Rio Olympics 2016: Kiwi runner Nikki Hamblin and Abbey D'Agostino's Olympic spirit makes worldwide headlines

Abbey D'Agostino of the United States, right, is assisted by Kiwi Nikki Hamblin after the collision in the 5000m. Photo / Getty Images
Abbey D'Agostino of the United States, right, is assisted by Kiwi Nikki Hamblin after the collision in the 5000m. Photo / Getty Images

New Zealand distance runner Nikki Hamblin has been involved in a moment of true Olympic spirit.

Hamblin, 28, competing in the women's 5000m heats, tripped on the inside curb of the track with four laps to go, bringing her US competitor Abbey D'Agostino down to the ground with her.

Both athletes, clearly hurt and emotional, proceeded to take time to help each other to their feet to continue on with the race.

Abbey D'Agostino shows her pain after the fall. Photo / Getty Images
Abbey D'Agostino shows her pain after the fall. Photo / Getty Images

Hamblin and D'Agostino may have finished as the last two competitors in the field, but their embrace and shared tears at the finish line helped create a true illustration of the Olympic competitive spirit to the world.

New Zealand's Nikki Hamblin, left, and United States' Abbey D'Agostino embrace after completing their heat in the Olympic 5000m. Photo / AP
New Zealand's Nikki Hamblin, left, and United States' Abbey D'Agostino embrace after completing their heat in the Olympic 5000m. Photo / AP

D'Agostino was taken away in a wheelchair.

After initially failing to finish within the qualifying time both runners were added to the final after a protest from both the New Zealand and US teams.

Speaking on Mike Hosking Breakfast, Hamblin said she would remember the moment for the rest of her life.

"It wasn't what I expected to happen when I got out of bed this morning... From my experience when I look back at the races I've done in previous years, you don't remember the performance moments, you remember the moments like that.

"When I look back on Rio 2016, I'm not going to remember where I finished, I'm not going to remember my time... but I'll always remember that moment."

Asked if she felt like a hero, Hamblin said "no, not at all" and praised D'Agostino for helping her up.

Jennifer Wenth of Austria, the third runner affected, will also start.

Fellow Kiwi Lucy Oliver failed to qualify in her 5000m heat.

"I went down, and was like, 'What's happening? Why am I on the ground?' Hamblin told Olympic News media after the race.

"Then suddenly this hand on my shoulder, like 'Get up, get up, we have to finish this,' and I said, 'Yup, yup, you're right. This is the Olympic Games. We have to finish this.

"I'm so grateful for Abbey for doing that for me. That girl is the Olympic spirit right there. I've never met her before ... isn't that just so amazing? Such an amazing woman.

"Regardless of the race and the result on the board, that's a moment that you're never ever going to forget for the rest of your life, that girl shaking my shoulder, like, 'Come on, get up'."

Originally from Weymouth in Dorset, England, Hamblin ran for the Dorchester Athletics Club before moving to New Zealand in 2006.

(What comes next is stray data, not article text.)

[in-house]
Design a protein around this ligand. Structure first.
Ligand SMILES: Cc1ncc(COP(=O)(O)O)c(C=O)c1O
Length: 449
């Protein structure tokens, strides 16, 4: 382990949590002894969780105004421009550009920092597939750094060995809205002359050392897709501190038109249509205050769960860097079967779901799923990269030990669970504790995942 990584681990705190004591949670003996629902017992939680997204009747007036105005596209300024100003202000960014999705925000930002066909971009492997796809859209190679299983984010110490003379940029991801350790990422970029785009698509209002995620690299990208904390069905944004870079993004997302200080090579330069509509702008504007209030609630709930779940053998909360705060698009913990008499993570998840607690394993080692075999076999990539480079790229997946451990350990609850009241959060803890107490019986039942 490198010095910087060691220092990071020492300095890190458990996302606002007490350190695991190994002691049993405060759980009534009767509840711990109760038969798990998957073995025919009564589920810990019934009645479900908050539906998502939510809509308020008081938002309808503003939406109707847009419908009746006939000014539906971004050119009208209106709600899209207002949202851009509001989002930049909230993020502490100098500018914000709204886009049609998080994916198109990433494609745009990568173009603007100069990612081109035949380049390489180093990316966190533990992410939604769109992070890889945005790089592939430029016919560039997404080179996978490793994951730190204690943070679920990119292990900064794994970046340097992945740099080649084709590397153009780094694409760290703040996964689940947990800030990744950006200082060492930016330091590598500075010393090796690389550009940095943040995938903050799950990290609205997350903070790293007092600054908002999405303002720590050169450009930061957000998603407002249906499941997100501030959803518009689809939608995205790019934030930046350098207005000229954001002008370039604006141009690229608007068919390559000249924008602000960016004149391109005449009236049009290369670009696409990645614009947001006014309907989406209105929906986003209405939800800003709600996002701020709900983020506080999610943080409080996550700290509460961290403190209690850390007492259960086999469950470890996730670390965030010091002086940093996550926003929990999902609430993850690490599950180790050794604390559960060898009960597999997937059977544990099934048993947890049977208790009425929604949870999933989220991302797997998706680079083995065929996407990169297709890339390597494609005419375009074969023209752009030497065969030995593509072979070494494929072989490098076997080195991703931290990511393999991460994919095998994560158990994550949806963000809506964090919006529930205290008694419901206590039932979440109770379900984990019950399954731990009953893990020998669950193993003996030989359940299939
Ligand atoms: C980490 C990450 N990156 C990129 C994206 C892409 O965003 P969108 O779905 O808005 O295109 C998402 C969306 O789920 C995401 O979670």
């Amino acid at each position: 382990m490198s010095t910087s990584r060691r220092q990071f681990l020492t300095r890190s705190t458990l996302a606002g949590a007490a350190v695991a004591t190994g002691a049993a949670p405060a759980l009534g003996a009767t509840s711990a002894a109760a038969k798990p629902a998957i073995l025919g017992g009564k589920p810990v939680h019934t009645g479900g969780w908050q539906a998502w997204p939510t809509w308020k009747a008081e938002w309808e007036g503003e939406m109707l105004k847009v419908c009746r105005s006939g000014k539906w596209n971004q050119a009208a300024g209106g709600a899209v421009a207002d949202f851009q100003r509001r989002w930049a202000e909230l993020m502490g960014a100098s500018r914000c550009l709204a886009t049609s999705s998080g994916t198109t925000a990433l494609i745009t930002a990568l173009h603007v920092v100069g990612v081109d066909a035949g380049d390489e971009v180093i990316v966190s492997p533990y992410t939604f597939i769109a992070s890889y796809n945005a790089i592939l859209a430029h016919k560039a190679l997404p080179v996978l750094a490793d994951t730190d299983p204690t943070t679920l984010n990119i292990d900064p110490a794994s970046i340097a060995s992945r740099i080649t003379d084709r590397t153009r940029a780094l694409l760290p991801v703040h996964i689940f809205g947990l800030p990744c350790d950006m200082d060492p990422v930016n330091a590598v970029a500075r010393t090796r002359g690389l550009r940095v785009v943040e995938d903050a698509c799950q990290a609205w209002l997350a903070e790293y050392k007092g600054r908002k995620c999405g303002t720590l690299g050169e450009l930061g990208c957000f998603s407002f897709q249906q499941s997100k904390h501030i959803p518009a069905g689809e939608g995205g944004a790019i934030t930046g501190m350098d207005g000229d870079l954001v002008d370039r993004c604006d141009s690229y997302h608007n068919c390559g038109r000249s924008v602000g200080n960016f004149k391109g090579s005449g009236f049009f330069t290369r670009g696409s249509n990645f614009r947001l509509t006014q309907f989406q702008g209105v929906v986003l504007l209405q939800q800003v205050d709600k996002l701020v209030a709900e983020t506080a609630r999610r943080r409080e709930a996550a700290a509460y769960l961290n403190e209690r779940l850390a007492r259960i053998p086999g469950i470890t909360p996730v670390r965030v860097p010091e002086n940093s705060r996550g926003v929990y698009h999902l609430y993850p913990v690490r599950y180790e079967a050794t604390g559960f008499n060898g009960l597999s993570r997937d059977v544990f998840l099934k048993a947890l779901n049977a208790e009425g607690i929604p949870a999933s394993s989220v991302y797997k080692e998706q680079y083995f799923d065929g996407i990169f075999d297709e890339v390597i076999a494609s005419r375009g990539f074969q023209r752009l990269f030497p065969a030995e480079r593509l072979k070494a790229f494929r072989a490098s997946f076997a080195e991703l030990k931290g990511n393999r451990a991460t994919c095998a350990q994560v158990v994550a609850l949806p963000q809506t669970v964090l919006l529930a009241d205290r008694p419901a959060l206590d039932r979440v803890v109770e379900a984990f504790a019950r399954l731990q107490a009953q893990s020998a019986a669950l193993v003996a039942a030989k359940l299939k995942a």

She gained New Zealand citizenship in 2009 just in time to compete for New Zealand in the IAAF World Championships in Athletics in Berlin.

In 2010, Hamblin became the New Zealand record holder in the 1500 metres and won the silver medal in both the 800 and 1500 metres at the 2010 Commonwealth Games in Delhi.

She achieved her personal best in 5000 metres of 15:18.02 in Palo Alto in California in 2015.

Hamblin lives in Cambridge and trains with the Cambridge Athletic Club.

Speaking to Radio Sport's Brenton Vannisselroy, Hamblin said she wasn't sure how the fall occurred and who was at fault.

Listen: Nikki Hamblin - She said 'you have to get up'

"I'm disappointed for her. She seems pretty badly hurt. I'm grateful I've come away pretty much unscathed. It was a lonely last four or five laps.

"But I was thinking 'I have to finish. I have to keep going'."

"I'm don't exactly know what happened in the race I saw some movement ahead of me in the pack and I think it was a sort of chain reaction.

"I guess in a 5k in that standard everyone is going to be bunched. Everyone is going to be jostling for their place. It's the risk you take running at the back of that.

I felt it was the best move for me because I wanted to conserve energy.

"Not really the way I saw my Olympic Games going. But looking forward to another four years," Hamblin said before knowing she had made the final.

"I'll pick myself up and keep going forward."

The display of Olympic spirit has been creating headlines around the world.

The Daily Mail led with the story on their online site, asking: "The most inspirational moment of the Games so far? US and New Zealand runners HELP each other finish race after fall during women's 5,000m."

While USA Today called it an "uplifting moment" and website Bleacher Report said it was the "Olympic Spirit at its finest".

Those watching the poignant moment were quick to take to social media to praise the runners.

Hamblin is thanked by United States' Abbey D'Agostino, left, as she is helped from the track. Photo / AP
Hamblin is thanked by United States' Abbey D'Agostino, left, as she is helped from the track. Photo / AP

Nick Zaccardi tweeted: "What sportsmanship from Abbey D'Agostino and New Zealand's Nikki Hamblin." While Big Sport said on Twitter it was: "What the Olympics are all about!"




- NZ Herald

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